When the eighteenth century provided more opportunities for art to be widely exhibited, artists such as Angelica Kauffman (1741 - 1807) used this to their advantage. As one of the first women members of the Royal Academy of Arts (alongside Mary Moser – although both women were excluded from council meetings and governance, and it would be 150 years until another woman was elected), Kauffman’s depictions of historical, classical, and mythological narratives — regarded as the highest forms of art — received great critical attention in her day. They are stunningly impressive — I was amazed by the vibrant rainbow in Colour, 1778-1780 — especially considering how women were barred from life drawing classes until 1893, long after Kauffman’s passing. Indeed, she was criticised for her somewhat androgynous portrayals of men, but who can blame her without a proper model? On the other hand, Moser’s career is less established because of her focus on flowers, which was regarded as not ‘serious’ enough. Clearly, if women did not follow men’s rules regarding ‘high’ and ‘low’ art, they were snubbed, and even if they did, they could never be ‘good enough’ because of their systemic exclusion.

To combat the conventions of art that men defined throughout history, the exhibition not only has an entire room dedicated to still life and flower paintings — which are indeed ‘serious’ and inspiring, especially the studies used to record plant species in scientific publications, such as those by Mary Delany (1700 -1788), who only started painting in her seventies (it’s never too late!) — lesser-known women are also given a platform. Among the women artists who were usually rebuffed for their ‘lower arts’ — such as pastel and watercolour painting (as opposed to oil paint on canvas), miniatures, embroidery, and needlework — Sarah Biffin (1784-1850) had no arms or legs, so she learned to sew, write, and paint using her mouth and shoulder.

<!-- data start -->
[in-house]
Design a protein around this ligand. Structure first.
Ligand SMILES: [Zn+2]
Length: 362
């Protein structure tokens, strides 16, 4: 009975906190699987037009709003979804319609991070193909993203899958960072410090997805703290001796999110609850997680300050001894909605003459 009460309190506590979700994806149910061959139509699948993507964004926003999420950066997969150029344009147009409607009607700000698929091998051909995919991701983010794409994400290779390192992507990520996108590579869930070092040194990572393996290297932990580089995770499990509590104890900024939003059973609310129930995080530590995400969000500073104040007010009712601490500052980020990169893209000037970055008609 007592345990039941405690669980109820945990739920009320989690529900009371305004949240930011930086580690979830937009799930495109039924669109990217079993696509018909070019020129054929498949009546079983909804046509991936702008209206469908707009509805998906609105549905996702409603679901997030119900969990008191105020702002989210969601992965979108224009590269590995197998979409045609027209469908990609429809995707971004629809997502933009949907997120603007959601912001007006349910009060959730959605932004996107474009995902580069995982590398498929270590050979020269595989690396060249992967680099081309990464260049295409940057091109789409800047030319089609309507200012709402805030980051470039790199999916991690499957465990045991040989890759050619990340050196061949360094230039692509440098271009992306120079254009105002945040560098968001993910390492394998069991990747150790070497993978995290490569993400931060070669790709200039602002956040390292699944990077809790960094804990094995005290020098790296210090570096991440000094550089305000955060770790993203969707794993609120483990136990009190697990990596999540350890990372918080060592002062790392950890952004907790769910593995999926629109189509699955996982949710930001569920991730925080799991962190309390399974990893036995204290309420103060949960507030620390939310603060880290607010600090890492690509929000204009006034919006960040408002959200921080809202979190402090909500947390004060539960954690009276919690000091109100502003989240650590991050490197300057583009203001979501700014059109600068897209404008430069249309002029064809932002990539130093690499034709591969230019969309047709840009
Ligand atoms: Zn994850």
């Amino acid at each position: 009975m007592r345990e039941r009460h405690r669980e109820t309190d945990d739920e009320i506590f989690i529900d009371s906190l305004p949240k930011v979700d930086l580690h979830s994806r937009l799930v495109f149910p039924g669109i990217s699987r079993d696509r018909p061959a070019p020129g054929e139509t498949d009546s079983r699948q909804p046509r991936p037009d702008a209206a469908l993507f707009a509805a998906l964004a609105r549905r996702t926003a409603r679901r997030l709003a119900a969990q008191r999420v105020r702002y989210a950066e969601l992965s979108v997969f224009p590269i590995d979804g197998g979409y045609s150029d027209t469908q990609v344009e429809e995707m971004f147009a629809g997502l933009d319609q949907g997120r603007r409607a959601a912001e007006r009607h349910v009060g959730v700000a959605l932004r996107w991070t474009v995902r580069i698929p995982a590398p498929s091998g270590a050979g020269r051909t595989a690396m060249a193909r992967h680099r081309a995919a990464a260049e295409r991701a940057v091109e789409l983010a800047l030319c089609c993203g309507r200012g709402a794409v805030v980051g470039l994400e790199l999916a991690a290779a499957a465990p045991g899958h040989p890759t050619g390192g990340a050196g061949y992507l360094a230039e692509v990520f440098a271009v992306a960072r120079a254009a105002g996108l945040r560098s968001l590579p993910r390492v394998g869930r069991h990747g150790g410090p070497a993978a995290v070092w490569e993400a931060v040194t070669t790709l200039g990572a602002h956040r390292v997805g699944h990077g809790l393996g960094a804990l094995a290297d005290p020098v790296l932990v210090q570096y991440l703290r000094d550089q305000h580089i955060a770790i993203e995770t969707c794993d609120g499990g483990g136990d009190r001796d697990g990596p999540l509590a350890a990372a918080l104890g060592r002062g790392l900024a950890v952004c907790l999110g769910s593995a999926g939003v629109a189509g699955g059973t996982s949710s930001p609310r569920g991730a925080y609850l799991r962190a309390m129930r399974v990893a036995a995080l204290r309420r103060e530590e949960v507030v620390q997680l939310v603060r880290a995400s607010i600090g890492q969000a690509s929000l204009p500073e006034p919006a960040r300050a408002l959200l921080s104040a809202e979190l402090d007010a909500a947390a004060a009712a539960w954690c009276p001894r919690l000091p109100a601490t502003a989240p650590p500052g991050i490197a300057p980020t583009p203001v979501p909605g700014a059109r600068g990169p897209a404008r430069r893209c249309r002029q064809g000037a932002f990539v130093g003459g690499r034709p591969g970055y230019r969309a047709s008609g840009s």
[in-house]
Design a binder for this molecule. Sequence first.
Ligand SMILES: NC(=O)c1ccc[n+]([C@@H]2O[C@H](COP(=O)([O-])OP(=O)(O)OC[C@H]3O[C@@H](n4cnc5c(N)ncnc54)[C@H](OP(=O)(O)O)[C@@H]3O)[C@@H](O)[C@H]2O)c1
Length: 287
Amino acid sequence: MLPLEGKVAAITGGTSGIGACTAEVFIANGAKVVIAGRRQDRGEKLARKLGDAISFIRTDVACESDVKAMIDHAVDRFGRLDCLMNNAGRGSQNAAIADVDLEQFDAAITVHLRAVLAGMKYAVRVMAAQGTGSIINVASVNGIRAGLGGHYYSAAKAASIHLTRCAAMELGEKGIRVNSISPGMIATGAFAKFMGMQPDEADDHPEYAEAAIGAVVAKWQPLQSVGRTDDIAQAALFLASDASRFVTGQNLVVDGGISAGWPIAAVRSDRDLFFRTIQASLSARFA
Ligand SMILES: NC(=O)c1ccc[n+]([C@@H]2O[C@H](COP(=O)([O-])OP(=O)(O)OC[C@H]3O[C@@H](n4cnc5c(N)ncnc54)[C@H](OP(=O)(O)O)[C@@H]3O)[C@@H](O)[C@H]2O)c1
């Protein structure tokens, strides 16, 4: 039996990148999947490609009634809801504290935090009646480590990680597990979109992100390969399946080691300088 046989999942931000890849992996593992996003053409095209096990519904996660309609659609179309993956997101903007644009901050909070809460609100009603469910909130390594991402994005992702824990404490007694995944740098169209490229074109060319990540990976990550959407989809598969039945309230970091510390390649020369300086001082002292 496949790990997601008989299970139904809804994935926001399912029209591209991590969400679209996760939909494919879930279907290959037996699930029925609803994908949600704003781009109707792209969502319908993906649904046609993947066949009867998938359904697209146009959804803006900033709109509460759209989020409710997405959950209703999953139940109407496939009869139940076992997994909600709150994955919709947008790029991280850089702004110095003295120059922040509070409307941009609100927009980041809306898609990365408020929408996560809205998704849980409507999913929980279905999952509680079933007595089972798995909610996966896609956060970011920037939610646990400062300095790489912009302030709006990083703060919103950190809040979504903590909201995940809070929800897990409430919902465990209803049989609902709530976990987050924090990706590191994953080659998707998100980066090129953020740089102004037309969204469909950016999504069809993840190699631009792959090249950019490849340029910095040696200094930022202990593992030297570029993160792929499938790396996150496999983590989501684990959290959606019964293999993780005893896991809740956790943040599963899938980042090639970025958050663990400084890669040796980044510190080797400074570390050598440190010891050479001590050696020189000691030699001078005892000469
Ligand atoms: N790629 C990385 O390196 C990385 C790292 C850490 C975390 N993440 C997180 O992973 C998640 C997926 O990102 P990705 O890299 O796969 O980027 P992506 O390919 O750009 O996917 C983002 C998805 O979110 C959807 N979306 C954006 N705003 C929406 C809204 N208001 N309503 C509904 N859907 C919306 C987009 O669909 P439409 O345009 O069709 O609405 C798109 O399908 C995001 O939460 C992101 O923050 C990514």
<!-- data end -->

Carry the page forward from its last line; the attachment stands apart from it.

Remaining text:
This subtle representation of disabled women artists — one could easily miss Biffin amongst the many works on display — made me long for more explicit and further recognition of marginalised women. Although the history of working-class, non-white, disabled, and queer women in Britain is buried deep or erased, I believe the exhibition could have done more to excavate these equally important narratives. For example, I counted one visible Black woman in the exhibition: Fanny Eaton in Rebecca Solomon’s A Young Teacher, 1861. Tate writes of the painting’s ‘complex reflection on gender, race, religion and education in mid-nineteenth-century London’, but does not go any further in explaining exactly what racial complications are at play here. We are left to draw our own conclusions – which is fine, of course; except, in a dominantly white exhibition, we must emphasise that gender was not the only barrier to women’s rights.

Nevertheless, Now You See Us is highly successful in spotlighting a wide range of British women artists through time, and thus challenging the history of art’s dominant narratives. The exhibition is extensive, detailed, and awe-inspiring, with countless works in a variety of mediums that are all given equal importance, instead of pitting ‘high’ art against ‘low’. From the Tudor court to the aftermath of the First World War, women have battled to be seen, heard, and remembered, and finally, Tate Britain is telling their stories. With tickets at only £5 for Tate Collective members — available for anyone between 16-25 — Now You See Us is well worth a visit, even if it is only a step towards justice for women’s art.

'Now You See Us' is on at the Tate Britain until 13th October.


Edited by Samuel Blackburn